ANAMIKA

'(The Blog) With No Name', perhaps best described as a stream of notes and thoughts - 'remembered, recovered and (sometimes) invented'.

Sunday, November 02, 2014

A Beached Whale

This post will begin with a sad episode and move on, thru more sadness, to what must be one of the funniest entries in Wikipedia. On the way, one discovers when a whale can actually *drown*.

Last week I got a unique assignment – to prepare and conduct a quiz on Computers at a State level meet of Senior UG and Graduate students from leading colleges. "The professors and industry experts guiding the proceedings will also be in attendance. So, do a thorough job!" That was in brief, my brief. I sat up late on 4 straight nights and put together a package of 40 or so questions(*).

However on the D-day, hardly any Graduates turned up and the competition got delayed so even from those who were around, many quit and we were down to just 4 teams, all Undergraduates and a thin audience - even the visiting experts had left. It was too late to chop and change anything so we went thru with the quiz... To those who were put thru it, let me say a sincere "Sorry Guys!"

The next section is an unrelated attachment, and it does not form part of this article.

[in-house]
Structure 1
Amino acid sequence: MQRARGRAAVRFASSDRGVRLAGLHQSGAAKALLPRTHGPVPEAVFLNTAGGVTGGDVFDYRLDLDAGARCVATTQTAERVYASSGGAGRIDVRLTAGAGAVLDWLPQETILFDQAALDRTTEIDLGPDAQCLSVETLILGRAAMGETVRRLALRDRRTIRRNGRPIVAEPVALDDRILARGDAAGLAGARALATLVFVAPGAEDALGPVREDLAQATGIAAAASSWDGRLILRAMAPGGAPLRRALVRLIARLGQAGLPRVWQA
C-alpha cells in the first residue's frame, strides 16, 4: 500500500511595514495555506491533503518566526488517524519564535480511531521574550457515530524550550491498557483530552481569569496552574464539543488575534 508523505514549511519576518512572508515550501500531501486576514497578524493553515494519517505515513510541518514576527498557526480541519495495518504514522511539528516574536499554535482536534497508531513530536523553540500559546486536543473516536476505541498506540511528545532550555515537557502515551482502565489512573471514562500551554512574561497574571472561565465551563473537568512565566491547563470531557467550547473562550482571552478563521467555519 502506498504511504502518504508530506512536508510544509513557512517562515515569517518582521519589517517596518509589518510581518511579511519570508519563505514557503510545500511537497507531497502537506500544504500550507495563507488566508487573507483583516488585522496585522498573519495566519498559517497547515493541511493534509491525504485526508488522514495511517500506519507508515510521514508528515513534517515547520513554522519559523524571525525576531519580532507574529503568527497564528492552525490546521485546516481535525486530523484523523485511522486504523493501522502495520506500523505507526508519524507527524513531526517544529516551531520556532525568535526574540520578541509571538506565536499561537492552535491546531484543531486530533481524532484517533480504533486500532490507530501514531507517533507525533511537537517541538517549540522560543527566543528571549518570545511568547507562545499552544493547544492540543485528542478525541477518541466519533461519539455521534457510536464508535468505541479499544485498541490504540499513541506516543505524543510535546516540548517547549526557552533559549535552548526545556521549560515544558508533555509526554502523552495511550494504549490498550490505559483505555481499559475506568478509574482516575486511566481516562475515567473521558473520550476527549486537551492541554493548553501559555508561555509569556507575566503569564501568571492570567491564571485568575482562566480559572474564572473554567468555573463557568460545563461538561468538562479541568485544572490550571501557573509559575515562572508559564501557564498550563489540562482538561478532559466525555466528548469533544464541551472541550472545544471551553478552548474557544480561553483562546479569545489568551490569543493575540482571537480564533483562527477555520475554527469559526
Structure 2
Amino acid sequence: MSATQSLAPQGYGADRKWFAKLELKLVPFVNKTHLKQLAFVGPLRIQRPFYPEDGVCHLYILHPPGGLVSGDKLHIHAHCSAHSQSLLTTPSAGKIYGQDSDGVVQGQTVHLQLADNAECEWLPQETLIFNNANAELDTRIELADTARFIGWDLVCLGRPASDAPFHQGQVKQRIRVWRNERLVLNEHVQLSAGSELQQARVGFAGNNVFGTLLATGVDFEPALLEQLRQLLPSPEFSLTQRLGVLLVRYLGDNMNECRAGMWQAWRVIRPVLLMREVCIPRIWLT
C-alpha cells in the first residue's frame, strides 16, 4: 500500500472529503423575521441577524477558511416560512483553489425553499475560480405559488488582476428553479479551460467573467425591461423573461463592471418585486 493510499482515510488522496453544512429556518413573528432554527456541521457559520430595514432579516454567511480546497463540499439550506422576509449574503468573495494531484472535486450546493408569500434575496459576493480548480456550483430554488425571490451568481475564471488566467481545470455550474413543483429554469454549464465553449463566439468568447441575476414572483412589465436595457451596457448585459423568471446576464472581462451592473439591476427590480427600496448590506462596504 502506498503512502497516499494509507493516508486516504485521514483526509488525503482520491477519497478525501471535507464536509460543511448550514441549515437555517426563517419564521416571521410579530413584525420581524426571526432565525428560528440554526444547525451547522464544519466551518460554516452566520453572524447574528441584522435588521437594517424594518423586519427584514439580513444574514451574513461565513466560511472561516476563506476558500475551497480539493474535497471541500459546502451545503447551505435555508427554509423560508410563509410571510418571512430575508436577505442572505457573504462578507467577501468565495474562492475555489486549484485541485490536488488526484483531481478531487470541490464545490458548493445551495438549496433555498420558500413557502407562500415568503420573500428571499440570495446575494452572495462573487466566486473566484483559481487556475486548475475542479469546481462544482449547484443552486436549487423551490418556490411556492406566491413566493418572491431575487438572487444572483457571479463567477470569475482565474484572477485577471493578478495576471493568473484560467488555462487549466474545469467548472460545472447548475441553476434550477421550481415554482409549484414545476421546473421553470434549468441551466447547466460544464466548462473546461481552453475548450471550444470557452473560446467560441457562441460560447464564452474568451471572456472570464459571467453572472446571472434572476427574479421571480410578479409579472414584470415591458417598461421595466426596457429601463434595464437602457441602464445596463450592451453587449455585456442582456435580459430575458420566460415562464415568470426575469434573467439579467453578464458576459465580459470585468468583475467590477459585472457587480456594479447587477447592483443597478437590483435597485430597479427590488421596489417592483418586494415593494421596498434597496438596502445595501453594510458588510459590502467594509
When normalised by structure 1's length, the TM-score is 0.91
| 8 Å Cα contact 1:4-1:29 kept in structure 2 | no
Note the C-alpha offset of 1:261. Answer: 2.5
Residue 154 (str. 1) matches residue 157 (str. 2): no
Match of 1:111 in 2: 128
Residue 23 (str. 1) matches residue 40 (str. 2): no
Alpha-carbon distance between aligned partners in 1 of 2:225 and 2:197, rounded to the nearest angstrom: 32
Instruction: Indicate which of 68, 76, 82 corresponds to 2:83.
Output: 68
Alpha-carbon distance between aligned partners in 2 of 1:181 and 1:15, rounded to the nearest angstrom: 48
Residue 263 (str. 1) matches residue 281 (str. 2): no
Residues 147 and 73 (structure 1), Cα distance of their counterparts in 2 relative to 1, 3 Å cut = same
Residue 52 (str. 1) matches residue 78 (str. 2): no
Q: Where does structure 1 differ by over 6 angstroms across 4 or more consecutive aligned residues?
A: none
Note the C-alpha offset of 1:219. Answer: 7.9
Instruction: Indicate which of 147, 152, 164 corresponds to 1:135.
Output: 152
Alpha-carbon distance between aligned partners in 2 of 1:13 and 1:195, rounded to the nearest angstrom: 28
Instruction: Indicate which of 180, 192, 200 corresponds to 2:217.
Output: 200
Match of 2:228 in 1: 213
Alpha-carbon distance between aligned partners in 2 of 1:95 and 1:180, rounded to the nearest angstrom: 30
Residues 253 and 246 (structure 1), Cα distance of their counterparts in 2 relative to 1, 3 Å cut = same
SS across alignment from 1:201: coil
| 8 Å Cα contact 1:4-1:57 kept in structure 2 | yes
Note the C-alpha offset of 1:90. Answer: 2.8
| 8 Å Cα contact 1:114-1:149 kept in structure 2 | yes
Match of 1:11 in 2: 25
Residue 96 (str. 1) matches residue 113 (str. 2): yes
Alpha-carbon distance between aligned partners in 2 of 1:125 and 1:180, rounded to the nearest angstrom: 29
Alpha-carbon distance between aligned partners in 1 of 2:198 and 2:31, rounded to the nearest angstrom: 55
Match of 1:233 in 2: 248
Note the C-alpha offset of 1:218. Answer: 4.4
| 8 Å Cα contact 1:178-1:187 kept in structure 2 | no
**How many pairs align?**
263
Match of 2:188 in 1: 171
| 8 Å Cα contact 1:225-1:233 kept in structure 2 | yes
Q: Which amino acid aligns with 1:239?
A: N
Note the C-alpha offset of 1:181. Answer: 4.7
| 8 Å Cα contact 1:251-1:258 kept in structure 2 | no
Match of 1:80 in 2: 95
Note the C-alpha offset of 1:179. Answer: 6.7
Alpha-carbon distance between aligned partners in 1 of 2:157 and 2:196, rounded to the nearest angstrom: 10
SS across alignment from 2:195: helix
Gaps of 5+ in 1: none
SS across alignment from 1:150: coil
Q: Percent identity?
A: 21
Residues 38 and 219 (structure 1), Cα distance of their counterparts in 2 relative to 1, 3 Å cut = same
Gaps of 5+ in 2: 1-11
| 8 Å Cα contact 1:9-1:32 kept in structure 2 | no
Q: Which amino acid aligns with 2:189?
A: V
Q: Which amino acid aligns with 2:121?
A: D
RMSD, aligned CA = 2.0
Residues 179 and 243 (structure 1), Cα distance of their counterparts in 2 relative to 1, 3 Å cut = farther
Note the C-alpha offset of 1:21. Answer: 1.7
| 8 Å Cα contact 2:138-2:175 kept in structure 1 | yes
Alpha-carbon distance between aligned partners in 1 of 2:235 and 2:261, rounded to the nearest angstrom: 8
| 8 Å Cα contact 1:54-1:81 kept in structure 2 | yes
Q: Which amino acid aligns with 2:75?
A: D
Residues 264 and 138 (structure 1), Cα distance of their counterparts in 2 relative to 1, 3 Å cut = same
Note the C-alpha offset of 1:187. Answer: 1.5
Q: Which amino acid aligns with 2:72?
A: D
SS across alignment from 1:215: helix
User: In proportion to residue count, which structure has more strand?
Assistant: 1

Today, I was talking to Vishnu on what happened. I heard myself saying: "... for all the heavy preparation, the quiz was from the very beginning, like you know, a beached whale – caught out of its depth, it simply collapsed and gave up the ghost!" A short while later, I realized I had never used such a metaphor before; nor had I thought of anything on such lines in recent years; what I had said was only on the basis of some stuff read aeons ago in some children's magazine on how whales sometimes stray into shallow coastal waters and get mysteriously – and fatally - trapped there.